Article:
Two leaders of Colonia LeBaron, a Mormon community with roots in the United State, were murdered because they dared to defy the drug/kidnapping gangs that have killed more than 3000 people in Chihuahua, Mexico in the last 18 months.
Benjamin LeBaron, 31 and Luis Widmar were forced out of their homes earlier this week and shot multiple times by gangsters who want to ensure that people in Chihuahua stay afraid of them. Both men died.
The tactic may well work. It’s been said that all that is necessary for evil to triumph is for good men to do nothing. Sadly, doing nothing is the easiest thing to do in a conflict, a fact that goes a long way toward explaining the state of Mexico and the world at large.
LeBaron previously ran afoul of the gangs after his younger brother was kidnapped this spring. Unable and/or unwilling to pay a $1M ranson, LeBaron demanded that the government act to root out the criminals terrorizing Chihuahua. His brother was soon released unharmed, but LeBaron’s killers were obviously unwilling to let things go at that.
Benji gave frequent interviews to local and national media in recent months, led other caravans to the capital calling for a crackdown on crime and attended the graduation of elite state police units.
He became a hero for the many in Chihuahua sickened by gangsters and violence.
“We have been afraid, haven’t known how to speak,” Alejandro Rodriguez, from a farm village a 2-hour drive from Colonia LeBaron, said at the men’s graveside Thursday. “We’ve suffered the silence of the good people.”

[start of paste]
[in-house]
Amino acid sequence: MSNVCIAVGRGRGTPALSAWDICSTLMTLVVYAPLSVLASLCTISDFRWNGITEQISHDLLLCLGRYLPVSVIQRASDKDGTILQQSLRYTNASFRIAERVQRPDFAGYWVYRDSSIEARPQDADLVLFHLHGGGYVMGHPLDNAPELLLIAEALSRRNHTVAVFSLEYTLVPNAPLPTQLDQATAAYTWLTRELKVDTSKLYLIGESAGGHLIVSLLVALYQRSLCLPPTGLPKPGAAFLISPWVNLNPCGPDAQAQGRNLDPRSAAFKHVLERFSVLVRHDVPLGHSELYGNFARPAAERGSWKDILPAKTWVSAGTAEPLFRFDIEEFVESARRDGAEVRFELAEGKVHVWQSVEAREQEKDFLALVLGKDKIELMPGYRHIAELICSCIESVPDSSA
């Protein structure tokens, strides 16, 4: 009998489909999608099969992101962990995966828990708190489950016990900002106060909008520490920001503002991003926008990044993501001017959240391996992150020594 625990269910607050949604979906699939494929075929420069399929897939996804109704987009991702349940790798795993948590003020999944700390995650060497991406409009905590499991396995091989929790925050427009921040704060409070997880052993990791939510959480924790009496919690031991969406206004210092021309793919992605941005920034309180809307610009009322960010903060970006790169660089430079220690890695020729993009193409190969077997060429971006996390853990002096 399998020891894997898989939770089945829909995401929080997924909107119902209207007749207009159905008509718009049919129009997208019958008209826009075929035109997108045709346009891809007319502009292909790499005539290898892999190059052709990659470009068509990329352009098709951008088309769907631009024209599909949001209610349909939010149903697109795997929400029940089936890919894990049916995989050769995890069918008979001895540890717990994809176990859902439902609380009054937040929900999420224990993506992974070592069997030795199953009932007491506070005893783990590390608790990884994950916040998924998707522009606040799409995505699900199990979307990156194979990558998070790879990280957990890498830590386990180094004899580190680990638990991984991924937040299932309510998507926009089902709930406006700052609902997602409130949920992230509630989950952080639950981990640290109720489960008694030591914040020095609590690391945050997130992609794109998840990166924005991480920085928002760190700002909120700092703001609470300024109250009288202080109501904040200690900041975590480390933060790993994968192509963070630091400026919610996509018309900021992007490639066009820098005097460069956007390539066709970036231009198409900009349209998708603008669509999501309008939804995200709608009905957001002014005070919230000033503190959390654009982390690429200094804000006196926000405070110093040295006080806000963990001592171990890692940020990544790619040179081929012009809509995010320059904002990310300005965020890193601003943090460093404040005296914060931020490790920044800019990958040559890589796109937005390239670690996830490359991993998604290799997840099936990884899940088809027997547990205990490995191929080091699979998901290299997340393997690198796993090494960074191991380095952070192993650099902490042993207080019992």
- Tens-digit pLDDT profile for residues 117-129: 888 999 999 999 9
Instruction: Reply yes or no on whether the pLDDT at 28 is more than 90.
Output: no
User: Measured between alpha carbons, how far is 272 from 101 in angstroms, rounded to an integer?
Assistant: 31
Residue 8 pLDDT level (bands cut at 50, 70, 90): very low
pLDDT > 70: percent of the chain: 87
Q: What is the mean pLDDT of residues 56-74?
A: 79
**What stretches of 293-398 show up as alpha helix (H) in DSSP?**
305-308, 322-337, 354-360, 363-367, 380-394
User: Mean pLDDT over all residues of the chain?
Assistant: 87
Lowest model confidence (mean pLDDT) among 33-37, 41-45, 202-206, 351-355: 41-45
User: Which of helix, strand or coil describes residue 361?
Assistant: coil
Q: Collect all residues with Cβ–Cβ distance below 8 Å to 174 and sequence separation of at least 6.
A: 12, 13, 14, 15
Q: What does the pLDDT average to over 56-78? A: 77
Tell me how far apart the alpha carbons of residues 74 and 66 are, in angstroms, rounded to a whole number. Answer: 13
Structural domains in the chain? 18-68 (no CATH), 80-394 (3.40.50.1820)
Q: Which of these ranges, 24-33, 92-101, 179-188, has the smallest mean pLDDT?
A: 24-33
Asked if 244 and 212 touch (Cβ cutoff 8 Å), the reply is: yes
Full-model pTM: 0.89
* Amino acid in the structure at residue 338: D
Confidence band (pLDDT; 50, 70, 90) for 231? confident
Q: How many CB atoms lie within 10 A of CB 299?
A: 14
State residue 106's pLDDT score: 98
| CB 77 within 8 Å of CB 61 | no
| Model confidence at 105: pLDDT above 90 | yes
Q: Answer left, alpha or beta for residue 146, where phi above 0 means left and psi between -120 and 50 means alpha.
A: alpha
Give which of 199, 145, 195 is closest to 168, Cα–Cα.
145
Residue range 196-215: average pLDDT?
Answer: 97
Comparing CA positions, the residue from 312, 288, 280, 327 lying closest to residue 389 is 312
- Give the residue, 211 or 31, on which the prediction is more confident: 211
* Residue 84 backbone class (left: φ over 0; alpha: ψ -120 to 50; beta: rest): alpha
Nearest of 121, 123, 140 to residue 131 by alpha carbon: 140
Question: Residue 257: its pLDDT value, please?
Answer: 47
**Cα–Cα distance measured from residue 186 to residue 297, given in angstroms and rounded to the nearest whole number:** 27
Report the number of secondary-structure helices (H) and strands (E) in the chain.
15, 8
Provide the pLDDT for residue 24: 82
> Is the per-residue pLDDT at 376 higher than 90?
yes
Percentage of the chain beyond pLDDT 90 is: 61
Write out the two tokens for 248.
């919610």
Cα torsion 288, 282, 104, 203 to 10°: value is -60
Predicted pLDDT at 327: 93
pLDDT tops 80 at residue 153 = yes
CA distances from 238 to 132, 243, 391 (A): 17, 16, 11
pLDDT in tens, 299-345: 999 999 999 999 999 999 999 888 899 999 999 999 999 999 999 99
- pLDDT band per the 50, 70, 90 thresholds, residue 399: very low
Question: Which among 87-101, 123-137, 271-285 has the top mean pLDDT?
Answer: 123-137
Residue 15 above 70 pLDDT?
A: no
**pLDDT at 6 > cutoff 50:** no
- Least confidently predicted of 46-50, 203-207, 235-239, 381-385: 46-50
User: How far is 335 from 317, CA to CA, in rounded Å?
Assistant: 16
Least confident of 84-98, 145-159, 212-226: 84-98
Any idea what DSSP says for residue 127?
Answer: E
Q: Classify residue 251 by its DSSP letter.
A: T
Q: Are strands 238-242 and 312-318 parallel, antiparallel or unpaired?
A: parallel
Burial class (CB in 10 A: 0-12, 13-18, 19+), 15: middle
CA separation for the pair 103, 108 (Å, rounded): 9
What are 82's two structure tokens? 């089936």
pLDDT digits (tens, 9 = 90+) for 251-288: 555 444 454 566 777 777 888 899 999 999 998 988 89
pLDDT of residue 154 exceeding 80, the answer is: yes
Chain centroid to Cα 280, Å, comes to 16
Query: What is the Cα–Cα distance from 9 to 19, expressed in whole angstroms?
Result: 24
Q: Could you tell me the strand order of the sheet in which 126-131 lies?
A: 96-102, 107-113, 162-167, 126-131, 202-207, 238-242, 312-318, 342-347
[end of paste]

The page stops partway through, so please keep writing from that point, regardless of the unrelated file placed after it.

But fame made targets of both Benji and his community.
“He was so outspoken. That was the reason for this,” Nathan LeBaron, 58, who was directing the hundreds of cars arriving for the funeral, said of Benji. “If we hadn’t stood up they wouldn’t have bothered us.”
That may or may not be the case. The 3000+ dead in Chihuahua would disagree, I think.
LeBaron’s Mormon sect has a bizarre, even perverse history, as described in the article. Say what you will about that, Benjamin LeBaron exhibited the character and courage of a real man, one willing to risk everything to do what was right. For that he deserves to be celebrated – and emulated – by all of us, regardless of race, creed, or color.
It should go without saying that society has both the right and the ability to rid itself of drug pushers, kidnappers, rapists, and murderers. It should, but evidently we need occasional reminders. Criminals prey on citizens by isolating them and applying force and fear. Society should respond not by excusing criminals’ evil behavior but rather by banding together and applying even more force to rid itself of its abhorrent parts.
That was Benjamin LeBaron’s message and it would behoove us all to remember and act on it.
Referring to my last post about gun control, consider how Benjamin’s situation might have been helped if he’d been armed comparably to his attackers. Is the world a better place because he died and his killers roam free? Has his moral code somehow been proven stronger because he was murdered?
No. The end of his life is compelling, perhaps, in the form of a martyr’s narrative. But how much more compelling would his life story have been had he lived to carry the fight to gangsters and rid his country of the criminals that plague it?